The British government is drawing up plans to renationalise Southern Rail while it looks for a new operator to run the troubled franchise.
The good news is there is one organisation with an exemplary record of running commuter rail services, which is regarded as a leader in the field, not only in the United Kingdom but worldwide. Having been a basketcase as recently as the 1990s, it is now touted over the world as the model of best practice. It is called Transport for London (TfL).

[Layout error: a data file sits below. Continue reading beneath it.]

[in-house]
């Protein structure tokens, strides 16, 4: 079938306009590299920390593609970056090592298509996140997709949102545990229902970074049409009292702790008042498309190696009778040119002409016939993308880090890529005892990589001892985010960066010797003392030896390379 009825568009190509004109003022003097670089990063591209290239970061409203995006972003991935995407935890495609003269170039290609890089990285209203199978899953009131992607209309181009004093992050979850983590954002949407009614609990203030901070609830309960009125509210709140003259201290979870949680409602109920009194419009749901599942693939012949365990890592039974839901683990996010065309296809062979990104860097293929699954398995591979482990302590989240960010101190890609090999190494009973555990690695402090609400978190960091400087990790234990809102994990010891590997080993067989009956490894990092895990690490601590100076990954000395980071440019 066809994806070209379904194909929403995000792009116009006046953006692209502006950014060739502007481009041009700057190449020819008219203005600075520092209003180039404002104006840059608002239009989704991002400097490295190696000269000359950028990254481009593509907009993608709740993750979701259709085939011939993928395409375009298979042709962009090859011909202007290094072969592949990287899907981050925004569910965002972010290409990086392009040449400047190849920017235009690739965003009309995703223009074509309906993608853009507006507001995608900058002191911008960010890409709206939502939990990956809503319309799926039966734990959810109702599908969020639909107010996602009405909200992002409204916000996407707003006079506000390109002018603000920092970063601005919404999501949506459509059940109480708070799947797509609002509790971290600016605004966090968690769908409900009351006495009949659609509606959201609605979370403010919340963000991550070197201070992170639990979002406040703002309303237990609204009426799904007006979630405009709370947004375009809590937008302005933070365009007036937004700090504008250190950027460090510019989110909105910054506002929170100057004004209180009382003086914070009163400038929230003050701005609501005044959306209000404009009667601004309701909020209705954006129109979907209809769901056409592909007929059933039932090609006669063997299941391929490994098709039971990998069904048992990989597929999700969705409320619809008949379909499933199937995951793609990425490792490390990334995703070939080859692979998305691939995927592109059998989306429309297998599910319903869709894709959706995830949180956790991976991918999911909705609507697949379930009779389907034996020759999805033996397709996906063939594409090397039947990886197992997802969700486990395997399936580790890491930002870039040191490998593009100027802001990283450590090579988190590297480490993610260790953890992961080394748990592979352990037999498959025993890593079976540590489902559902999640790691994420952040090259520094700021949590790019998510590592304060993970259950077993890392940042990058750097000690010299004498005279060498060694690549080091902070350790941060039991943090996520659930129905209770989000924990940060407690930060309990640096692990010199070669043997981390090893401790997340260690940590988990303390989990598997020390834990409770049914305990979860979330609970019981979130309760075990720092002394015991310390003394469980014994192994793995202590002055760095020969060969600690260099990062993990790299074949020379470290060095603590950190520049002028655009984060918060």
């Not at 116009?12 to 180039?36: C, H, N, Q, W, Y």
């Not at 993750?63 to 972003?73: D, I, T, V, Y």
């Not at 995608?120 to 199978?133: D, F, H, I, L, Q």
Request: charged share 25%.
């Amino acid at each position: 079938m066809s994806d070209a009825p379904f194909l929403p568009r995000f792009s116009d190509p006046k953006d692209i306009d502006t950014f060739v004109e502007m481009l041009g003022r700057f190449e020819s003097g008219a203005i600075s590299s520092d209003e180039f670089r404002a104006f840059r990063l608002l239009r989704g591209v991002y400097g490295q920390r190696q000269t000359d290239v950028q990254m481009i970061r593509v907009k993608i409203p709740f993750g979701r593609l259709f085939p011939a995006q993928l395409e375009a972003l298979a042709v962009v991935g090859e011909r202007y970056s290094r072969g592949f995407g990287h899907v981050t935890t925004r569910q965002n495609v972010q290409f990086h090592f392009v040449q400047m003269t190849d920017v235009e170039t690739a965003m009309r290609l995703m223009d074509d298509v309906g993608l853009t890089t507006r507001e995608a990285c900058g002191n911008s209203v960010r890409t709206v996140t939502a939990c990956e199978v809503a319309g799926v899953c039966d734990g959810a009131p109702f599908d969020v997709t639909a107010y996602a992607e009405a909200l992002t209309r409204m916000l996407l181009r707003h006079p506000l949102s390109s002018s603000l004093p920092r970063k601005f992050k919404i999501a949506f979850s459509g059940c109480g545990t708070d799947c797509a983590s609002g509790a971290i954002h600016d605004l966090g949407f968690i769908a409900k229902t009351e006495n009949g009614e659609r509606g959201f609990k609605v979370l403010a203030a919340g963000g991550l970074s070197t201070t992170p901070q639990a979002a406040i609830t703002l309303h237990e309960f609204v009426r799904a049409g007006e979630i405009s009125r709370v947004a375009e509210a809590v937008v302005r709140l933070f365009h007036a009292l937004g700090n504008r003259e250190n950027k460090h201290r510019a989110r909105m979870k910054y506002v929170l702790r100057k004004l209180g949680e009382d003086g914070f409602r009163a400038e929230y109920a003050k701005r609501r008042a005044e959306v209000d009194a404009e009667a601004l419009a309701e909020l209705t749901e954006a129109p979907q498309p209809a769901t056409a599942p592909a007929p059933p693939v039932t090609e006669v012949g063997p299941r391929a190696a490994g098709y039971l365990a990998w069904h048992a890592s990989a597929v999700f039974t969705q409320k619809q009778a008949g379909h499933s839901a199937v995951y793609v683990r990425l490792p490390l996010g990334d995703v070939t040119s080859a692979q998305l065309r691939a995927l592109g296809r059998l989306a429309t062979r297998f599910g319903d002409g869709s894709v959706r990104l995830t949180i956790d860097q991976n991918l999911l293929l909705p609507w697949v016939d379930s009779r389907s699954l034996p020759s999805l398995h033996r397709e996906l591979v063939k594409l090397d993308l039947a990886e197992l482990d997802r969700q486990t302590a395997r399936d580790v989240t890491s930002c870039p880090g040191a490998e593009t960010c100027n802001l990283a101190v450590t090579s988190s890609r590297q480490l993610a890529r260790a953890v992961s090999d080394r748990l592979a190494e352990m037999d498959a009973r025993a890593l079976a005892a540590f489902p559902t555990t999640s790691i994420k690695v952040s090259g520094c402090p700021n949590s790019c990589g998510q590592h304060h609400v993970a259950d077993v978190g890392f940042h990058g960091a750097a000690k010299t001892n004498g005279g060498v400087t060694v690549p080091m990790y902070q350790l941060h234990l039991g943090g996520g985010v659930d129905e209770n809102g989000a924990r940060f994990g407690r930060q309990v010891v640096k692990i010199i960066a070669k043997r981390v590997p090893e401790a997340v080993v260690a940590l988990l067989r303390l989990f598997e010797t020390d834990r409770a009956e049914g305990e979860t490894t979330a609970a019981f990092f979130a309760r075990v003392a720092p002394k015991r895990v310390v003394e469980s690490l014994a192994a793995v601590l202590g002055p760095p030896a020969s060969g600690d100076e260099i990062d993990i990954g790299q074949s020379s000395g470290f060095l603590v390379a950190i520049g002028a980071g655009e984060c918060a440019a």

But TfL won’t be given the contract. Why? Because of Londoners’ obstinate tendency to elect mayors from parties other than that of the ruling Conservative Party.
We can take two things from this: one is that the government’s commitment to devolution is thinner than the rhetoric suggests.
The second is that for all we talk, and rightly so, about the excessive focus on London, it’s still possible to refuse the best deal for the city’s residents because they voted “the wrong way” without consequence or censure.
Stephen Bush is special correspondent at our parent title, the New Statesman. His daily briefing, Morning Call, provides a quick and essential guide to British politics.
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